We meandered into Belhaven just as the Hitchhikers Guide to the Galaxy finished up, and with the help of a fella named Mike, we made fast to the Belhaven marina wall. The next day, we took advantage of the local facilities. The laundry machines were free and clean, so I took the opportunity to wash my bedding and jackets, and I cleaned myself up a bit too. They have the most decorated bathrooms I’ve encountered yet. I spent the rest of the day catching up on a few other chores, and exploring the little town. I was really hoping to be able to grab dinner at Spoon River, which I’ve heard nothing but very good things about, but they would be closed the whole time I was there. Instead I patronized a place called Jack’s Neck.

My waitress saw me fingering my Navionics app at the table, and asked if I was in town on a boat. Turns out she’d also come to the area by boat a few years earlier. She’d come from California, and over the course of six years, she and her husband had circumnavigated westward on a 31 foot sailboat. I was more than a little humbled by this, and very nearly went into Wayne and Garth mode, bowing at her feet and chanting ‘we’re not worthy!’

After a couple of pleasant nights in Belhaven, and a couple of nice chats with the gent who runs the place, I set off down the ol’ dusty trail again. The next stop would be the questionably named Oriental. By now, the scenery has all started to become a bit of a blur. The whole area looks very North Caronliney. More Houses on stilts, more long leaf pines, more cuts and canals, shrimp boats and sounds.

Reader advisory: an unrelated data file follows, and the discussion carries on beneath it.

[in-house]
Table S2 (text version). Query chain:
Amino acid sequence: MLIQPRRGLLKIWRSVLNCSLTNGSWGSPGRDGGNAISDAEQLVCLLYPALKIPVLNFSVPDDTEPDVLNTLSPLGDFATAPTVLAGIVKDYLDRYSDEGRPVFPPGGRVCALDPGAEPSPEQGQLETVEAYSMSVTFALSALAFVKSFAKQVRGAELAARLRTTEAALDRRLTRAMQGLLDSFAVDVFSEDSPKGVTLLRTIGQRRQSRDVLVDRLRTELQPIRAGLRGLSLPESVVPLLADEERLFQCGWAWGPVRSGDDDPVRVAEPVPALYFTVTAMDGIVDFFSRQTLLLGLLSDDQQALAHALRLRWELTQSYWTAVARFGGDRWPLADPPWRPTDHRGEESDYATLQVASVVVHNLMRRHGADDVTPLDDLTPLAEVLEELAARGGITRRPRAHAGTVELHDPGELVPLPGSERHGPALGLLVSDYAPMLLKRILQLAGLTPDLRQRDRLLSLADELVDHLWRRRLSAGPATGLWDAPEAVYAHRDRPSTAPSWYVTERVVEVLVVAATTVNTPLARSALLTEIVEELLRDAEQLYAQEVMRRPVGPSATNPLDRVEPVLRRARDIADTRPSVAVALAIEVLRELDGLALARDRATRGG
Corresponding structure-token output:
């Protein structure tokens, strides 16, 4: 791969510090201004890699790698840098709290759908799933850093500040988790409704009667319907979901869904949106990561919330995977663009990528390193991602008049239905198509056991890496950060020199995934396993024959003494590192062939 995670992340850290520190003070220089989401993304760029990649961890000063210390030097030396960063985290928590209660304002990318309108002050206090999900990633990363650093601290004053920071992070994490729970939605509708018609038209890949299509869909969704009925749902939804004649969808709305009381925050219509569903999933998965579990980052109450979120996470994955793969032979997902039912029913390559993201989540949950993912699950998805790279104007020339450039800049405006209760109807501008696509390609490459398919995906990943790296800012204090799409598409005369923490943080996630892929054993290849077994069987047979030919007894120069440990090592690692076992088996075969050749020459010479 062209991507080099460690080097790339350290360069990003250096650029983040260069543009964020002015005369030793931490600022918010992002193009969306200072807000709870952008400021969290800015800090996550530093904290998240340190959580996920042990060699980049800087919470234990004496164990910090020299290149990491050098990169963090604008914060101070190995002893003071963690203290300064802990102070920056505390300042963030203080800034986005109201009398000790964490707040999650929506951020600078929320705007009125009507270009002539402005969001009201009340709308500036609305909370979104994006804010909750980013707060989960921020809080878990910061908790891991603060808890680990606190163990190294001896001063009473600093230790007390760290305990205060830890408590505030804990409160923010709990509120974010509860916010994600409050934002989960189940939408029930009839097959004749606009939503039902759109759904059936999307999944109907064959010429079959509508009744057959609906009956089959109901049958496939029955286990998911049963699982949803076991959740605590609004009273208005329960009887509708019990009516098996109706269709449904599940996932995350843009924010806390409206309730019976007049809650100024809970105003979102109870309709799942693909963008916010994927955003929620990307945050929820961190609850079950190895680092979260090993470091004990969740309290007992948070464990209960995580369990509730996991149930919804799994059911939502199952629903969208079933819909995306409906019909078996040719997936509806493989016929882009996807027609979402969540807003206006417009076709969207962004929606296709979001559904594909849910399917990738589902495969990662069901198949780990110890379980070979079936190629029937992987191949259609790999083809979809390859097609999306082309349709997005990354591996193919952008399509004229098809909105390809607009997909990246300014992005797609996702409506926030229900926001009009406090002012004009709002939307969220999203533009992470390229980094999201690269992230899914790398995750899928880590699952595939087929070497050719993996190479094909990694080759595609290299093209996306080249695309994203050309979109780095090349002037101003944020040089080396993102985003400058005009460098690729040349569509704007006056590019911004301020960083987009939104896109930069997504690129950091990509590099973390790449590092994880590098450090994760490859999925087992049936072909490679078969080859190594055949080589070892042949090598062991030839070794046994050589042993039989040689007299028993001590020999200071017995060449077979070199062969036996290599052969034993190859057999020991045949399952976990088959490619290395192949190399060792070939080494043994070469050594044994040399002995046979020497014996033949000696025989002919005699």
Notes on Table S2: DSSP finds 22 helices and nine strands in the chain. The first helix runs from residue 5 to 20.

Oriental turned out to be a nice surprise. I tied up at the free town dock for a night, choosing the #2 dock, partly because it was closer to the bathrooms, but mostly because that’s the way the wind was blowing me. Sylphide felt a bit large in this confined little port, but I’m very pleased to say that I absolutely aced the docking. It was one of those times when you wish everyone was watching.

Due to the fact that I’d only need a few hours to get to the next port, I took the morning to wander around town. I left some dollars at The Bean, the local coffee place, and the Provision Company, which is a great shop for all sorts of miscellaneous boat stuff and even some groceries. The friendly woman at the Village Art Gallery also turned out to be a northern expat, who had come south by boat as well. I see a pattern forming here…

The lack of power and water facilities at the town dock, and the rules against running your generator, made me glad I’d had the work done at Annapolis. My big bank of AGMs barely blink at a night off the grid now, which is such a relief.

On the run down from Oriental, as I entered the Newport River, I saw my first confirmed dolphin. He/she/they was less than 10 feet away from me when I saw him/her/them, and I got about three seconds of blowhole and dorsal fin before it was all over. (Get your head out of the gutter!) I was really hoping he’d come back and play a bit, but no such luck. (S)He didn’t even stick around long enough for me to say ‘wow,’ let alone take a picture. It was still a pretty cool third of a moment.

I arrived last night in Beaufort, and signed up for a week at the Homer Smith docks. I really like it here. The docks are brand new, the folks are friendly, and the view is beautiful (pronounced beautiful.) I was even able to enjoy an excellent sunset from the comfort of my aft deck last night, since the temperature was a very civilized sixty something. Today, I wore shorts, and didn’t feel like a crazy person.

I’m looking forward to getting out and exploring a little, and maybe getting a little work done while I’m here, too. Ol’ Perkins has 250 new hours on the clock, and I believe he’s due for a spa day. I’d also like to finally get to work on the poop leak issue, which I’ve been very successfully trying to ignore for the last week 

5 Responses

  1. David thanks so much for your awesome stories. I am enjoying them a lot. Continue to have an amazing journey and please keep writing.

  2. These pictures gives our hearts a lift watching them in March in the middle of COVID craziness. May your adventures continue. Scott and Barbie